Because this is their most holy time, mentioning the appropriation of Eostre’s holiday at the Easter dinner is probably not going to do you any favors. Yes, they eat ham, which honors Freyr, but let it slide. Yes, they decorate eggs. Yes, they associate chicks and bunnies with Christ’s death and resurrection, but pointing out the incongruity of it all won’t cut it. If we want to maintain the peace in our celebrations, it is better to sit and listen rather than fight a foolish battle. This is their Easter–not ours, so let’s respect their religion, just like we’d want them to respect ours.
So, What Can You Enjoy?
At this point, you’re wondering what you can enjoy out of Easter. There are a lot of cool things you can do and still be part of the Easter celebration. Here are some of the things I recommend.
We color eggs for springtime, so there’s no reason why you can’t enjoy coloring eggs with your Christian family. Talking about spring and its renewal, as well as the cycle of life, is fairly safe.
Easter Egg Hunt
Why not hold an Easter egg hunt? Put together some of those plastic eggs and fill them with goodies. Hide them and watch as your family searches for them. You’ll all enjoy it.
Chicks and Bunnies
Whether live, toy, or simply drawings, the images of chicks and bunnies are pretty much safe territory. You may want to talk about the Oschter Haws which was brought into Pennsylvania by German settlers. Avoiding the Urglaawe references, your Christian family may be delighted to learn that that’s where the Easter bunny who laid colorful eggs came from.
Easter candy originates from clever marketing by candy makers in the 19th century to capitalize on an untapped market. There’s no reason for you to mention this, nor is there any reason why you can’t have some yummy candy in pagan symbols such as rabbits, chicks, and eggs.
Easter Brunch or Dinner
Never turn down a good feast, even if it’s in honor of a god you don’t follow. All the trappings are Heathen, or at least, pagan, so enjoy spending time with family and friends. You may want to even bring some mead so your family may enjoy something a little different than the traditional grape wines. Toast to your family and to those family members who are no longer with you. You’ll be honoring the ancestors and still not offend your family.
Talk about Family, both Present and Past
Speaking of family, strike up a conversation about your family and your ancestors. Talk positively about them, or if someone in the family knows a particularly good story about an ancestor or a relative who is alive, encourage them to relay that story. As the good Doctor says, “We’re all stories in the end. Just make it a good one.”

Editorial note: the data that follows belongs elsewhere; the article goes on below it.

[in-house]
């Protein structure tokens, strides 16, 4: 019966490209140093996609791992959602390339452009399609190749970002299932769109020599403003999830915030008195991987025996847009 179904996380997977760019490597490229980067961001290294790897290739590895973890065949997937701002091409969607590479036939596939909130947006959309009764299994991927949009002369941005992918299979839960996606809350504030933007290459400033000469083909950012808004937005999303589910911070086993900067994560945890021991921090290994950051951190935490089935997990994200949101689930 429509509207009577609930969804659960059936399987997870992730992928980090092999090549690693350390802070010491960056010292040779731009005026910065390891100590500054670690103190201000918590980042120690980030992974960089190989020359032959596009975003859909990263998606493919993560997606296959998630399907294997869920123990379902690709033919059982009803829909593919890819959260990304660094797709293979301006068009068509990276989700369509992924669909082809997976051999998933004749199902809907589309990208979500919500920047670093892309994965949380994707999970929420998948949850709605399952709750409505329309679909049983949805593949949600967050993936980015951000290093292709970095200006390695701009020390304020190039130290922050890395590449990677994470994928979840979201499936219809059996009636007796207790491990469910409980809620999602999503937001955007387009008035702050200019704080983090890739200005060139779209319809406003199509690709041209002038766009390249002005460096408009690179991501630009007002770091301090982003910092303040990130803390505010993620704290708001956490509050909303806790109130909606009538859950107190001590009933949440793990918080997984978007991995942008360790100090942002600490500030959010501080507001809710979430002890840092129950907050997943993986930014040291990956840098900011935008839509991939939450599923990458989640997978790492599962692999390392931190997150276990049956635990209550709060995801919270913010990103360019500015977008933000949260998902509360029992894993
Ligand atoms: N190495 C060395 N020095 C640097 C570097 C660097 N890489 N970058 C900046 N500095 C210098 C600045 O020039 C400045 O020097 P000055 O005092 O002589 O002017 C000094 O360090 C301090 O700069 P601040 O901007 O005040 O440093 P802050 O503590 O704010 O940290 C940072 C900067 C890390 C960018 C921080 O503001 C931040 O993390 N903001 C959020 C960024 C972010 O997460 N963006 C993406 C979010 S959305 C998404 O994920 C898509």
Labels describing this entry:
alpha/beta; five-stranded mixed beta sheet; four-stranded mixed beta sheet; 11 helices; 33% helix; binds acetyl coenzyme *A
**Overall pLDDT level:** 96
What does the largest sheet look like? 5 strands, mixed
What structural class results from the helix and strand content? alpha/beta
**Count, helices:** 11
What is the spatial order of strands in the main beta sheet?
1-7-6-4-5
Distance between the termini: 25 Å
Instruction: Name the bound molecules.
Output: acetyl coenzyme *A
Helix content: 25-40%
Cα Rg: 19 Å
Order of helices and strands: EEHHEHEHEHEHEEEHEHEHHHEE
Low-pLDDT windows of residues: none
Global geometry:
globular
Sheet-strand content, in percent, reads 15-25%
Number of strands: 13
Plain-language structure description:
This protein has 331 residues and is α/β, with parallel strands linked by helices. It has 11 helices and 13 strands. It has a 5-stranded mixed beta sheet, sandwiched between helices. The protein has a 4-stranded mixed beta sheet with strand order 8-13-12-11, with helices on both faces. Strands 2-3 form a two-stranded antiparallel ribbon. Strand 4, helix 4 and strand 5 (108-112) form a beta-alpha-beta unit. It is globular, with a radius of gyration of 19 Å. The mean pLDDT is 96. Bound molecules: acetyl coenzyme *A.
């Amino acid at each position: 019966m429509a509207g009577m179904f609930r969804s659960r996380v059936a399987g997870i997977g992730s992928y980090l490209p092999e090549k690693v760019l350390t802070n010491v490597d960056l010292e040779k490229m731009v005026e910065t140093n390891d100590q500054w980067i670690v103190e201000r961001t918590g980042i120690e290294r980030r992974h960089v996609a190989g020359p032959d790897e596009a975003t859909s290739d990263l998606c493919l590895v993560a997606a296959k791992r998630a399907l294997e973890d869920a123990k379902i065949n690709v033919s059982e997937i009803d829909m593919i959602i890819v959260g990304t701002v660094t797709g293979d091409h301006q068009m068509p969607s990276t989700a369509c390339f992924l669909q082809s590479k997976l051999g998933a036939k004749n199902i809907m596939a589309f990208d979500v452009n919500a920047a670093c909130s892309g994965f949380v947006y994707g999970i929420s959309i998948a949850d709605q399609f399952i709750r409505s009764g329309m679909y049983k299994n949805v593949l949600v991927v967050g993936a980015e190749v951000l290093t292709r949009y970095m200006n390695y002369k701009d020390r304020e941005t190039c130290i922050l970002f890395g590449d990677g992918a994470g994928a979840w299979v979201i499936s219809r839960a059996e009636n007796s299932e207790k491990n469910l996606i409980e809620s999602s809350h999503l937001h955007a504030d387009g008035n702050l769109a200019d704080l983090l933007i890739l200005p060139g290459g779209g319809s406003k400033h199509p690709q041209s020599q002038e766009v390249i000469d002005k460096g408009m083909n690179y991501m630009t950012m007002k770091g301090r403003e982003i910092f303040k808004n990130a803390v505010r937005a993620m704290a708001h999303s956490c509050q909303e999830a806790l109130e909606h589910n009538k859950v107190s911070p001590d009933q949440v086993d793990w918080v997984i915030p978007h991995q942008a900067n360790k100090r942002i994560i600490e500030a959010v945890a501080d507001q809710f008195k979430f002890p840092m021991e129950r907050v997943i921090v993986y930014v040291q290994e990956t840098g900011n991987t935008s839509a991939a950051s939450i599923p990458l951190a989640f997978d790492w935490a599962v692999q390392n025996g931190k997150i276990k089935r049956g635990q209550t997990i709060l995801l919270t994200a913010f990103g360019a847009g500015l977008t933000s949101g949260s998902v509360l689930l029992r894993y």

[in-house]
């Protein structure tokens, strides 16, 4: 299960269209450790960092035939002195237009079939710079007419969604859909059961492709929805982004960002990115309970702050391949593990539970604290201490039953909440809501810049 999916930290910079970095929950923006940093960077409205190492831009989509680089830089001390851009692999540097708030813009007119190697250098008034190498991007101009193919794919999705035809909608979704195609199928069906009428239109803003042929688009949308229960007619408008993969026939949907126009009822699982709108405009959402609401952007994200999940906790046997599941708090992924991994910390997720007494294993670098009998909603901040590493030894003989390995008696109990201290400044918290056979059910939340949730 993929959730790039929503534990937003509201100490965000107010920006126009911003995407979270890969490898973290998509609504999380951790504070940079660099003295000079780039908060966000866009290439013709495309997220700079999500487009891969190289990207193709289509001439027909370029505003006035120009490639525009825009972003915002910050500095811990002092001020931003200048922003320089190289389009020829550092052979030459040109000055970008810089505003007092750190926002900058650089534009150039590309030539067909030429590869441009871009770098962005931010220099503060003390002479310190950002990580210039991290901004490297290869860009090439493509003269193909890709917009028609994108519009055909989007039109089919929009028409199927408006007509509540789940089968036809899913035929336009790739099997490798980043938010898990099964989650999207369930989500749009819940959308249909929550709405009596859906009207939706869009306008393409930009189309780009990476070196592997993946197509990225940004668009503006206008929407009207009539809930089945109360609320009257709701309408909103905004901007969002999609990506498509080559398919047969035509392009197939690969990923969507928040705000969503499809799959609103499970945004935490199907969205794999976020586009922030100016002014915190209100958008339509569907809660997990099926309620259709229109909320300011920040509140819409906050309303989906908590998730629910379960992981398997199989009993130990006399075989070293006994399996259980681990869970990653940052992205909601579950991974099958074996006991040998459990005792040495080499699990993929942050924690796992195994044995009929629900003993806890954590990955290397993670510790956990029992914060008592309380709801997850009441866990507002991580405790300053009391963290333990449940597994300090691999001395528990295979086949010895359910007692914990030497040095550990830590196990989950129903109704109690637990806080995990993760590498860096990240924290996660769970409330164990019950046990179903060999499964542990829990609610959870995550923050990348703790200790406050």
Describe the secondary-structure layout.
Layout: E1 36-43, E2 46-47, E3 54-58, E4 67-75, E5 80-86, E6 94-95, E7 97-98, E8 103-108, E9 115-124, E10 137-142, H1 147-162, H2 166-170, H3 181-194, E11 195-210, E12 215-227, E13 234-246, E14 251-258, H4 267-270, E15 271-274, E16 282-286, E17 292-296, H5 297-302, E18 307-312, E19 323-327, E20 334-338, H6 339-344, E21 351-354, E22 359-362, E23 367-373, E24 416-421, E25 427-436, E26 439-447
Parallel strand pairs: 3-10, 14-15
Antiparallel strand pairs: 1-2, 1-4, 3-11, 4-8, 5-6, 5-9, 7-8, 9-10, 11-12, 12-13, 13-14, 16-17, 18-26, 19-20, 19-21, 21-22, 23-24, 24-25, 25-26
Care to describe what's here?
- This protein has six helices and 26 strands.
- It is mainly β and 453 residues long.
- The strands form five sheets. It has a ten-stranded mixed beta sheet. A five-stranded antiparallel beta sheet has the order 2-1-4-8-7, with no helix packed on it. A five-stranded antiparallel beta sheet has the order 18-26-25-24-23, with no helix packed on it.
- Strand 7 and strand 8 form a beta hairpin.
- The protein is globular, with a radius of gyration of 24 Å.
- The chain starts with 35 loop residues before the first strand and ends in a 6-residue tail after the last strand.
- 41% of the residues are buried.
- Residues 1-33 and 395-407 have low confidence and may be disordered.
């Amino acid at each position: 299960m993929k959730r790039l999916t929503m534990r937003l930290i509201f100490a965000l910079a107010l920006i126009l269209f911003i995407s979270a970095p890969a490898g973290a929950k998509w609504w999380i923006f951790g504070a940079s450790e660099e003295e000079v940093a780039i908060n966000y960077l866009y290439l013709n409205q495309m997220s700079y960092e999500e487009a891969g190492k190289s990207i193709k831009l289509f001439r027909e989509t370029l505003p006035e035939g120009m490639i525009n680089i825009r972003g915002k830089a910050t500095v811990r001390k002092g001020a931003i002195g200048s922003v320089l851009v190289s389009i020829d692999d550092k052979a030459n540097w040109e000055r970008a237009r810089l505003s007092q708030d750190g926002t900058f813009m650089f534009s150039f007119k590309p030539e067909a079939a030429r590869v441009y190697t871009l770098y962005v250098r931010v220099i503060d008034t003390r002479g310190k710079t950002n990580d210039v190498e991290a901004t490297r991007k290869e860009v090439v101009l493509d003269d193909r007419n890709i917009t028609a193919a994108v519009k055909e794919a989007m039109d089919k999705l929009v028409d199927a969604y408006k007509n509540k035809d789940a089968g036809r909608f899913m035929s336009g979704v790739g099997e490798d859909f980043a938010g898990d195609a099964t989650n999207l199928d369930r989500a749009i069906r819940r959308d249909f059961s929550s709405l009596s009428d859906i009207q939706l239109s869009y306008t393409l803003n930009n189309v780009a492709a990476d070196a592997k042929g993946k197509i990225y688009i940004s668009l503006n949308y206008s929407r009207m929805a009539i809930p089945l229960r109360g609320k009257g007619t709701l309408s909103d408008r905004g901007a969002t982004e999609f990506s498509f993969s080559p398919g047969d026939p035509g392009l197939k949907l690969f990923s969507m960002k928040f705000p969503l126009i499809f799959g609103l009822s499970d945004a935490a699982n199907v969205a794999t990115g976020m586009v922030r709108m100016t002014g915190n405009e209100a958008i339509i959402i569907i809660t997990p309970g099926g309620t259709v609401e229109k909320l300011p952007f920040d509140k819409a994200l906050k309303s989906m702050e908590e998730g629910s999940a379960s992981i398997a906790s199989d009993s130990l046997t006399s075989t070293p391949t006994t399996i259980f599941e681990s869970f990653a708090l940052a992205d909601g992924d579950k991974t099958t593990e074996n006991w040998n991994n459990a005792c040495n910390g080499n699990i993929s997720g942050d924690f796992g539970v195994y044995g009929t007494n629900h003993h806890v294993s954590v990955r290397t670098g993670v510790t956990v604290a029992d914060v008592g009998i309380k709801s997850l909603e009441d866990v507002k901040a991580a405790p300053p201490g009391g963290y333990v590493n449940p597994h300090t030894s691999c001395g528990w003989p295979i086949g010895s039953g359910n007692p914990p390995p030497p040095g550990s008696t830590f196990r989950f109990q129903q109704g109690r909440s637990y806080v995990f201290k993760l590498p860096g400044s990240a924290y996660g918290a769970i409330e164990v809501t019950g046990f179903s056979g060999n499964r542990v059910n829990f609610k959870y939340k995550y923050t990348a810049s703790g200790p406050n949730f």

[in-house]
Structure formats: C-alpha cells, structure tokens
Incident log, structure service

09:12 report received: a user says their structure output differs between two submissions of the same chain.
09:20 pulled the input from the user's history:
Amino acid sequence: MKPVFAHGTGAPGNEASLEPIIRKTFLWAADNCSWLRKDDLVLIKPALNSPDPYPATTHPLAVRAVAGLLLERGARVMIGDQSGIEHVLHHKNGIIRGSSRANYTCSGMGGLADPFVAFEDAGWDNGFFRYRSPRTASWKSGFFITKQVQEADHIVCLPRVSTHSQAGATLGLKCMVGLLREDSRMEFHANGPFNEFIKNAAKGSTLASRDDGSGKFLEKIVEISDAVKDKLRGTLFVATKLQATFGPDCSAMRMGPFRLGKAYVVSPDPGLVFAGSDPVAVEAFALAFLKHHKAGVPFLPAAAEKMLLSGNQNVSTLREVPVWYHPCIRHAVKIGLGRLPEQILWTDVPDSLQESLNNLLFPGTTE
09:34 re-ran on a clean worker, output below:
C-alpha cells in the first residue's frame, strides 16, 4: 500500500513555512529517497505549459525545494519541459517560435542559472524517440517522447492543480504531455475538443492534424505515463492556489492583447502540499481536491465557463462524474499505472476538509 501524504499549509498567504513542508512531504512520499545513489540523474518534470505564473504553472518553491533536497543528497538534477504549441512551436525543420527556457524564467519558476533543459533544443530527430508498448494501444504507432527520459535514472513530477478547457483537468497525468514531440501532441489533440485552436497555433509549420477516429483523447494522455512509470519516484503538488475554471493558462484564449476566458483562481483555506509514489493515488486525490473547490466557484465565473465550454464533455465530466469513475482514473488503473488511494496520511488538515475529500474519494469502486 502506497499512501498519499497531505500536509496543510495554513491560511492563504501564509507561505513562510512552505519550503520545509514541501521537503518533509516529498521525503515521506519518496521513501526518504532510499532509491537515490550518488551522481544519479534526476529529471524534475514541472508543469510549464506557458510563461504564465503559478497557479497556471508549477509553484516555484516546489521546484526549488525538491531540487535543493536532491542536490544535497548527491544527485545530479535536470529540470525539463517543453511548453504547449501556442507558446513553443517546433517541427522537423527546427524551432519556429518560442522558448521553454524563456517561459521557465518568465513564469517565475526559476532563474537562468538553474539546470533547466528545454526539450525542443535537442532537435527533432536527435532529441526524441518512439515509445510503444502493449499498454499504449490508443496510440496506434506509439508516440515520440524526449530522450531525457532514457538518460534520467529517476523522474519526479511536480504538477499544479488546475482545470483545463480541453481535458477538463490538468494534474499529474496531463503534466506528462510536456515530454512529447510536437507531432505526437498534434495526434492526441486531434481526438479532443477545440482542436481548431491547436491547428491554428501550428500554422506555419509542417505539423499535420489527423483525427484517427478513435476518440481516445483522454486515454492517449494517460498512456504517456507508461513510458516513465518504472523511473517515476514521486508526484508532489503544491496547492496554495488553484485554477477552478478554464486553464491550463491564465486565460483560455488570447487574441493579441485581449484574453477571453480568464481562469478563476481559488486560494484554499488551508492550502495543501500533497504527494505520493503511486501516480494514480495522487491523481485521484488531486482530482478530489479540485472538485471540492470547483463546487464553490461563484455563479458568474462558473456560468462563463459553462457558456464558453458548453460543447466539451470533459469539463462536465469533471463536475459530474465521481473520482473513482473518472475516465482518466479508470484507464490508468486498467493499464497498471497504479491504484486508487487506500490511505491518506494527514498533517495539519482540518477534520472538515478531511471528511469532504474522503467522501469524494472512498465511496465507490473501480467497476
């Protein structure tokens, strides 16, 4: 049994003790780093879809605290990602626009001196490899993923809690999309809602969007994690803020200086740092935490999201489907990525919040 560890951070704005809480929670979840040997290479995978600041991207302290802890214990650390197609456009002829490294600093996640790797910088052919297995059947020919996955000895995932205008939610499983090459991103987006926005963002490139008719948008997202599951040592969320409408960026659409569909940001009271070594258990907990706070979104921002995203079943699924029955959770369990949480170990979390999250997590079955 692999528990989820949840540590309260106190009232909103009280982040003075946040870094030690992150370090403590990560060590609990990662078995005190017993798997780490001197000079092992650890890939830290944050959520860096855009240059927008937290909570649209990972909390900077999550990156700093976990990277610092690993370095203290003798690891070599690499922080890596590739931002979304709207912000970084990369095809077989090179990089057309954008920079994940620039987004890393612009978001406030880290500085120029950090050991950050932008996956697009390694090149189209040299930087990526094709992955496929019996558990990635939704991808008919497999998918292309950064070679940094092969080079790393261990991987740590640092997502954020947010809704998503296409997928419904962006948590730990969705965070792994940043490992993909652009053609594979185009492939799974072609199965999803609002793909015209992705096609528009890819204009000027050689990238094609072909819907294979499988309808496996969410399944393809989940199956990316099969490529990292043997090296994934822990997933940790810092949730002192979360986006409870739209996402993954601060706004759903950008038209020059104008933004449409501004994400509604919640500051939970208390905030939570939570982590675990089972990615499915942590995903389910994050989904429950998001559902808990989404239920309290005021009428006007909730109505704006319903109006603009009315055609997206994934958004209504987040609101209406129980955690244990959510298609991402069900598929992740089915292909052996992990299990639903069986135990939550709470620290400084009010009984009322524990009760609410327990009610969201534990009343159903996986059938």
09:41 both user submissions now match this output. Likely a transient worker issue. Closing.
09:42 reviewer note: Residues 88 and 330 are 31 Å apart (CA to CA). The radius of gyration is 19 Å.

Listen to Your Family, Even if You Disagree with Them
If your family starts talking about Christianity, listen to them. You don’t have to agree with them, but when they tell you about their faith, they tell you about themselves. Ask questions. Ask why they believe what they believe, and don’t argue with them over their beliefs. You may discover that your mom believes in the Christian god because she finds comfort in a god who promises to care for her. Or your dad might actually not believe in the god but goes to church because the family does it. Or maybe your cousin is an atheist at heart. You can learn a lot about your family just by listening.
Go to Church with them
This suggestion is somewhat dangerous when it comes to family, not because you’re likely to change your faith, but more likely because you may offend or get into an argument with a family member. Some Christians, most notably Catholics, have rules against participating in sacraments such as the Eucharist (the bread and wine) because they believe you must be of their denomination to participate. (It has to do with transmogrification, but that’s another long post.)
Why go to church with your family? Well, first it puts you on the same page as your family members so if they discuss the sermon, you know what was said. Secondly, you can see Christianity with all its pagan influences. Third, churches often have amazing artwork that is worth seeing.
Just sit and watch as they go through sitting, kneeling, and standing routines. Listen. It may seem worthless, but in a way you are gathering intelligence about this religion. That way, you understand your family’s behavior a bit better.
Take Time Out for Our Gods, Wights, and Ancestors
I’ve given you ideas for keeping the peace with your Christian relatives. But this isn’t about Heathenry, it’s about keeping the peace in your extended family. Before you join in the Easter festivities, make an offering to the gods, especially Frigga and Frau Holle, the wights, and your ancestors for a peaceful gathering. And thank them after the day for their help, especially if things went successfully.
Hopefully, I’ve given you ideas for staying sane around Christians during their holiday. If, in the end, you do decide to try out some of these ideas, I’d be interested to learn how they worked out.